LAS VEGAS (KSNV MyNews3) -- Con artists are finding new ways to make a fortune on cardholders who don't bother checking their statements.
One credit card/gift card scam racked up more than $100,000 in losses in one case alone. Postal inspectors say the nationwide scam is simple and starts with stolen credit card numbers.
"We believe it was through either an online chat room where they purchased these credit card numbers or an employee at a local merchant,” said U.S. Postal Inspector David Gealey.
Con men then go to a store that sells gift cards, grab several worth $500 each and proceed to the checkout counter. There, they come up with a phony reason why their credit card can't be swiped.
"They tell the clerk something must have happened to my card,” Gealey said. “ ‘It's damaged, my dog chewed on it,’ whatever it may be. They would get the clerk to manually put the card number into the system. Once they did that, the transaction was completed."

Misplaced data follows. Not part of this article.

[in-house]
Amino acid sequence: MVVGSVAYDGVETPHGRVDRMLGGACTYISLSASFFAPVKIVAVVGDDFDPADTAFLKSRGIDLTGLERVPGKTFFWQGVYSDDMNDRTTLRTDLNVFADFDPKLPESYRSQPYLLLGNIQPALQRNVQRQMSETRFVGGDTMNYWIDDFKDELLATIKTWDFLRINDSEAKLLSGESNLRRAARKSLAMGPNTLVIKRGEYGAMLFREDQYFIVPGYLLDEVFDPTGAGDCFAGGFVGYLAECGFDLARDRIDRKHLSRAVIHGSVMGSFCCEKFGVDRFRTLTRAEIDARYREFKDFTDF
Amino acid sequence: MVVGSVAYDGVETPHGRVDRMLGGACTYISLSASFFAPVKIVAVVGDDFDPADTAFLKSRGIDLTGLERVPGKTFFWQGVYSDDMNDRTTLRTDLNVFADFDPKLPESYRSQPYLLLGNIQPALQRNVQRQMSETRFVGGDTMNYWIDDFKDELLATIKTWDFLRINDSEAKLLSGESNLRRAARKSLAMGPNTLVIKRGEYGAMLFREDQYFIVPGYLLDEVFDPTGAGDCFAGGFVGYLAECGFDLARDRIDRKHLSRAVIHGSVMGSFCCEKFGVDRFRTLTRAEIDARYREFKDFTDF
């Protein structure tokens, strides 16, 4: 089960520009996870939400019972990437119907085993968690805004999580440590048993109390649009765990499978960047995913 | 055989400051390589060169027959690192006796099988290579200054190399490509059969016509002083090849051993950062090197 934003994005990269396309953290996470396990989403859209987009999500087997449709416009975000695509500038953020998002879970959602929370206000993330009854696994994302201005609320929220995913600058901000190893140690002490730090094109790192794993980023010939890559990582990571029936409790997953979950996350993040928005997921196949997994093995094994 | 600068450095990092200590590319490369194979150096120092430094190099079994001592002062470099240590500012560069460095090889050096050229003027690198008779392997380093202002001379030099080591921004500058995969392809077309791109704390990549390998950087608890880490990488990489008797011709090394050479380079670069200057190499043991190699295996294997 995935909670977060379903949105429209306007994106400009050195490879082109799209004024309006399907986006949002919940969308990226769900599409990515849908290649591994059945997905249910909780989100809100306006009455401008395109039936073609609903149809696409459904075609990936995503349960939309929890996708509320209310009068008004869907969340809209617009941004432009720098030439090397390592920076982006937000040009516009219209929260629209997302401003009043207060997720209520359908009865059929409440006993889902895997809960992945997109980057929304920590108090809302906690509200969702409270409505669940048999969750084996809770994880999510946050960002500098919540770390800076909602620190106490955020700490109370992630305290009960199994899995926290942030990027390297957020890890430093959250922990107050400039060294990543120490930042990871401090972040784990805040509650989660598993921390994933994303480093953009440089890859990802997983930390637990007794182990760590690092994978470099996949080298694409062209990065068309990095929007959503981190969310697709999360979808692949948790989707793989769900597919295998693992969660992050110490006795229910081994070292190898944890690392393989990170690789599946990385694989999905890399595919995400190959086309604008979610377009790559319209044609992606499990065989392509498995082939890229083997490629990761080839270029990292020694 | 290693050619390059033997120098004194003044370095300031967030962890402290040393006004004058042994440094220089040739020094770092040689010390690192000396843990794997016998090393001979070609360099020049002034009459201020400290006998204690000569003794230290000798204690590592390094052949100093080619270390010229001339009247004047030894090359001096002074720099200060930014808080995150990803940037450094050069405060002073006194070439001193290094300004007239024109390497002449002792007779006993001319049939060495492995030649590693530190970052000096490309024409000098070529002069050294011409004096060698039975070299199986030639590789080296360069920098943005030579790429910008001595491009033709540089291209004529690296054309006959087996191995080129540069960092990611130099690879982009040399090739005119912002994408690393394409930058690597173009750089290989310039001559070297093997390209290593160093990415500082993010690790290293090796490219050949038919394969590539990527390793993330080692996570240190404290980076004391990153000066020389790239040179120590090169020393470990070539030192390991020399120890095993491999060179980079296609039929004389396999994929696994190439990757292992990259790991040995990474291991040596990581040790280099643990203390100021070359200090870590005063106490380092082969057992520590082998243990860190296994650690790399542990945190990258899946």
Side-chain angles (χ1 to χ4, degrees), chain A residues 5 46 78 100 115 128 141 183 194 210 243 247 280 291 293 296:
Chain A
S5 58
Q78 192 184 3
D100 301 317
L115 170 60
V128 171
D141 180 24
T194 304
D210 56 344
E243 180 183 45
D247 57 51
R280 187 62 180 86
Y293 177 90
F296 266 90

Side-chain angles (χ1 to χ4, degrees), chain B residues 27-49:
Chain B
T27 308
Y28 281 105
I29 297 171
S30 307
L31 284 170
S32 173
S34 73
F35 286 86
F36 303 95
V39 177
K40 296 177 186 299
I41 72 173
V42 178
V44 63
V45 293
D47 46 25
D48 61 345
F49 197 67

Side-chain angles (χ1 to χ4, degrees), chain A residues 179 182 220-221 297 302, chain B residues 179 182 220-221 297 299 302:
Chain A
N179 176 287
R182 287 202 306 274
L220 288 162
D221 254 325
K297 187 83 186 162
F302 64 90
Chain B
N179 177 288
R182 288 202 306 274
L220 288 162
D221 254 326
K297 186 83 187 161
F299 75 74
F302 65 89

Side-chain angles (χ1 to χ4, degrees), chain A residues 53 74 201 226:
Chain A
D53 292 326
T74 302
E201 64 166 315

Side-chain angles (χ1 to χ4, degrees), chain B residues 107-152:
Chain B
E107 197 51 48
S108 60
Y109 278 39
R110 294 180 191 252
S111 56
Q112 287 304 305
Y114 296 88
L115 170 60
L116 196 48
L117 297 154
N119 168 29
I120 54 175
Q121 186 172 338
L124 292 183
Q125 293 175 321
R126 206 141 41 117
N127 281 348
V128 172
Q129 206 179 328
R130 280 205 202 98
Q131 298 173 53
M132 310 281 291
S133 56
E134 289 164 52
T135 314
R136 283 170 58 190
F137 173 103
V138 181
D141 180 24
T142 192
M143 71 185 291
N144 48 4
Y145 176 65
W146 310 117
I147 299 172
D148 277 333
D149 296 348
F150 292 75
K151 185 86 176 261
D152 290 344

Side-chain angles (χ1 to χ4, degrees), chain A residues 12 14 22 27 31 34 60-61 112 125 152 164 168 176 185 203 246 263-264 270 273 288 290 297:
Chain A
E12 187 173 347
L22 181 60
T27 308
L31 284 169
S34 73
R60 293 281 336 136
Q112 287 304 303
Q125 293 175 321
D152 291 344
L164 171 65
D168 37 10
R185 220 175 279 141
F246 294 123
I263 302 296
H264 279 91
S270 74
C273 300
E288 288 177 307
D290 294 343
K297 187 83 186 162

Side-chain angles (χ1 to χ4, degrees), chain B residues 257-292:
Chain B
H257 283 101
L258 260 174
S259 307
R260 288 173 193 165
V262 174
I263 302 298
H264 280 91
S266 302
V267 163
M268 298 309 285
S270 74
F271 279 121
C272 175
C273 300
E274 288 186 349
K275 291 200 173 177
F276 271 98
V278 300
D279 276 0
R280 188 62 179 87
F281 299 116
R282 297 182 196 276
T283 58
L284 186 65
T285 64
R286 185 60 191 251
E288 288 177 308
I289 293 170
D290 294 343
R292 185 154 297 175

With the gift cards in hand, the con men would make a phone call transferring the money on those cards to a prepaid debit card.
"Once they transfer those funds, they are as good as cash to them,” Gealey said. “They can go to any merchant or a bank and obtain cash. In 5 to 10 minutes, they obtain $2,500 in cash."
Postal inspectors were able to learn the intricacies of the scam through surveillance tape.
"They would never actually give them the card to the clerk when they actually asked for it. ‘Oh here, I'll just read you the number,’ “ Gealey said. “They would cup the card, and the clerk is just punching in the numbers."
Once they discovered the scheme, inspectors were able to cross-check the time of the transactions with cell phone records and credit card statements to nab the con men.
"All three of the suspects ended up pleading guilty to Access Device Fraud, one of the individuals pleads guilty to Aggravated Identity Theft, and of all the prison terms,” Gealey said. “The shortest (sentence) was one year."
What can you do to avoid being a victim of this scheme? Postal inspectors say closely check your credit card statements and activity. Inspectors say very few of the victims in this case even knew their credit card numbers had been compromised.